Under 18 U.S.C. § 2, an individual who aids, abets, counsels, commands, induces, or procures the commission of an offense against the United States is punishable as a principal. This means that an accomplice who assists in the commission of a crime can face the same penalties as the person who directly commits the crime. Additionally, anyone who willfully causes an act to be done, which if directly performed by him or another would be an offense against the United States, is also punishable as a principal. This statute essentially eliminates the distinction between different types of accomplices and principals, holding all parties involved in the commission of a federal crime equally responsible.
18 U.S.C. § 3 defines the punishment for an accessory after the fact to any federal crime. An accessory after the fact is someone who, knowing that an offense against the United States has been committed, receives, relieves, comforts, or assists the offender in order to hinder or prevent the offender's apprehension, trial, or punishment. The statute provides that an accessory after the fact shall be imprisoned not more than half the maximum term of imprisonment or fined not more than half the maximum fine prescribed for the punishment of the principal, or both; or if the offense is a capital one, or which carries a potential life sentence, the accessory shall be imprisoned not more than 15 years.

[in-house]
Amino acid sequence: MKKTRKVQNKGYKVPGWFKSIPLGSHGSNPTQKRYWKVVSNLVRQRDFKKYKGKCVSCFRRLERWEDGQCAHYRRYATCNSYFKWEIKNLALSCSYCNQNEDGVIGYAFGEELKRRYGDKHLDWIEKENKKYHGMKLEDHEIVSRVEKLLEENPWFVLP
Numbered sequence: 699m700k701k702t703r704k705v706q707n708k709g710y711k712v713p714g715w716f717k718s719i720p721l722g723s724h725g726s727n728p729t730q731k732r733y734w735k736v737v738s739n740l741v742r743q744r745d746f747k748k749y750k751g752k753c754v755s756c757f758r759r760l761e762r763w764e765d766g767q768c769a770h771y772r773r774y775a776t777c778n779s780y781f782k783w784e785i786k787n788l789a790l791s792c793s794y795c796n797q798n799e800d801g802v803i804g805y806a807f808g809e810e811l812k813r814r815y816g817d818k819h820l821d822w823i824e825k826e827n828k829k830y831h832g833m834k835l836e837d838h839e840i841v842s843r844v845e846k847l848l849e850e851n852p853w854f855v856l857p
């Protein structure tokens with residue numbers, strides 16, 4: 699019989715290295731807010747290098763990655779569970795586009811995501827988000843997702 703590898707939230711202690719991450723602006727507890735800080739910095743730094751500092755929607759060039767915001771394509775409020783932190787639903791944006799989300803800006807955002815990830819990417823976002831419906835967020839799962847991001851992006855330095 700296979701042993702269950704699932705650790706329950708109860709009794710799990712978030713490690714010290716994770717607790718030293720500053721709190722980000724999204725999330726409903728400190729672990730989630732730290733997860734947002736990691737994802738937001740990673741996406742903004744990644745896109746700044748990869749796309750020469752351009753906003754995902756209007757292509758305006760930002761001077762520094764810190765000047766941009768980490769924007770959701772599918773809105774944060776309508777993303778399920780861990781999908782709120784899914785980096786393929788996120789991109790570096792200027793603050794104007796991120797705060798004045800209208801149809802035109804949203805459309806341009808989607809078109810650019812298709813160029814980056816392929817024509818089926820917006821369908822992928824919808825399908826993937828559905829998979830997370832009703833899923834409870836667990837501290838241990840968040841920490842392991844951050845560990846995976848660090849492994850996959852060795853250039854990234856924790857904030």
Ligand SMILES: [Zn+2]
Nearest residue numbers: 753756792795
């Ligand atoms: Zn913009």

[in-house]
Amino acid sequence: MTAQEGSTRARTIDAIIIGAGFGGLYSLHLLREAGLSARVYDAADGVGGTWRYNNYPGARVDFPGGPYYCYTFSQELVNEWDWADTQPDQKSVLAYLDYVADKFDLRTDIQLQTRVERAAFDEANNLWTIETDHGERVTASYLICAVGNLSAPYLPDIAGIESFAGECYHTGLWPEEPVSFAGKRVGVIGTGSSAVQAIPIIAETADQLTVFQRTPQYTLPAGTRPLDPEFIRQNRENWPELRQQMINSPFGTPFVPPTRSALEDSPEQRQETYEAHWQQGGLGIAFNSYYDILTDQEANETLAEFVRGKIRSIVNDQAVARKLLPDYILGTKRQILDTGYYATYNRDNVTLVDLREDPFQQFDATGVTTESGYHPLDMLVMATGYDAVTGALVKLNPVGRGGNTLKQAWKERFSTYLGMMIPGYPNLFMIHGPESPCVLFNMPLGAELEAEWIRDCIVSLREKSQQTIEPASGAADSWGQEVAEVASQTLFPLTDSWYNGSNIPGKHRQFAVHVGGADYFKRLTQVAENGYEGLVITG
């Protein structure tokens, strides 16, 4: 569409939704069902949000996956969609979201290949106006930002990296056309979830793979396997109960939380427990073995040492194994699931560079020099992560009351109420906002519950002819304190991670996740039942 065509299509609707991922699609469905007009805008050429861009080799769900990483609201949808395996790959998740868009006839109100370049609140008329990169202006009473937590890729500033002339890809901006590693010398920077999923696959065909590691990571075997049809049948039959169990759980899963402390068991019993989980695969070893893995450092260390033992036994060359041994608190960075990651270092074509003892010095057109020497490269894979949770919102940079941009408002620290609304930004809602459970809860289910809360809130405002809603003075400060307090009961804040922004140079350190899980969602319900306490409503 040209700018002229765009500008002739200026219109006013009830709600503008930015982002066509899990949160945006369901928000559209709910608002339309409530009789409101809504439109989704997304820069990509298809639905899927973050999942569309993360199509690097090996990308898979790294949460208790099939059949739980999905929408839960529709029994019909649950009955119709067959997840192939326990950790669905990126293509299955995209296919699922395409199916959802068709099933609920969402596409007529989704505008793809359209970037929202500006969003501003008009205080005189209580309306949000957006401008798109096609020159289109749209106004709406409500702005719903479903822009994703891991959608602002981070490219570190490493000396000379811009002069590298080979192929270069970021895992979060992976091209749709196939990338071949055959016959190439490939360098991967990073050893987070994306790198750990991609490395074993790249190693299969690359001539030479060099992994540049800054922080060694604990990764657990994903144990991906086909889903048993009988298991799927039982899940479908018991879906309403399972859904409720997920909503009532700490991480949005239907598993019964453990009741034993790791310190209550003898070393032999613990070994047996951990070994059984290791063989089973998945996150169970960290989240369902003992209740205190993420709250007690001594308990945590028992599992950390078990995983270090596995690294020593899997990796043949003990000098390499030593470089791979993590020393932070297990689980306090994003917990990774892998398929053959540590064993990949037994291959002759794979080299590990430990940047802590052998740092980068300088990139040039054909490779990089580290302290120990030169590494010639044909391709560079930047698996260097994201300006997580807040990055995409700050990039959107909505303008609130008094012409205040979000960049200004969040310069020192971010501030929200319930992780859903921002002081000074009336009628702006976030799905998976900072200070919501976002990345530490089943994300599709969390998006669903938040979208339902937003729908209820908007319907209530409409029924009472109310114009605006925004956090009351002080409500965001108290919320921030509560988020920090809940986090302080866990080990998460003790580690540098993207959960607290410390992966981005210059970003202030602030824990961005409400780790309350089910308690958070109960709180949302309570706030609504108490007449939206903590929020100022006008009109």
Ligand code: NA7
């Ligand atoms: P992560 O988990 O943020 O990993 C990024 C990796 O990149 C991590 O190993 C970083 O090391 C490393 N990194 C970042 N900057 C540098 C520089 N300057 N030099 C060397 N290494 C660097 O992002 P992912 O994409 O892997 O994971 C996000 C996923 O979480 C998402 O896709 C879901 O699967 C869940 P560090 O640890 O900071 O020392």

18 U.S.C. § 1111 defines murder as the unlawful killing of a human being with malice aforethought. It distinguishes between first-degree murder, which includes any willful, deliberate, malicious, and premeditated killing; killing committed during the commission of certain felonies; or any action intended to cause death or serious bodily harm that results in death. Second-degree murder is defined as any other kind of murder. An accomplice to a felony that results in a killing could be charged with first-degree murder under the felony murder rule, even if the accomplice did not directly commit the act of killing.
18 U.S.C. § 924(c) imposes additional penalties on any person who uses or carries a firearm during and in relation to any crime of violence or drug trafficking crime, or who, in furtherance of any such crime, possesses a firearm. The statute mandates a consecutive sentence to the punishment provided for the crime of violence or drug trafficking. This means that an accomplice who carries or uses a firearm during the commission of a federal crime, or possesses a firearm in furtherance of such a crime, can face additional consecutive penalties on top of the penalties for the underlying offense.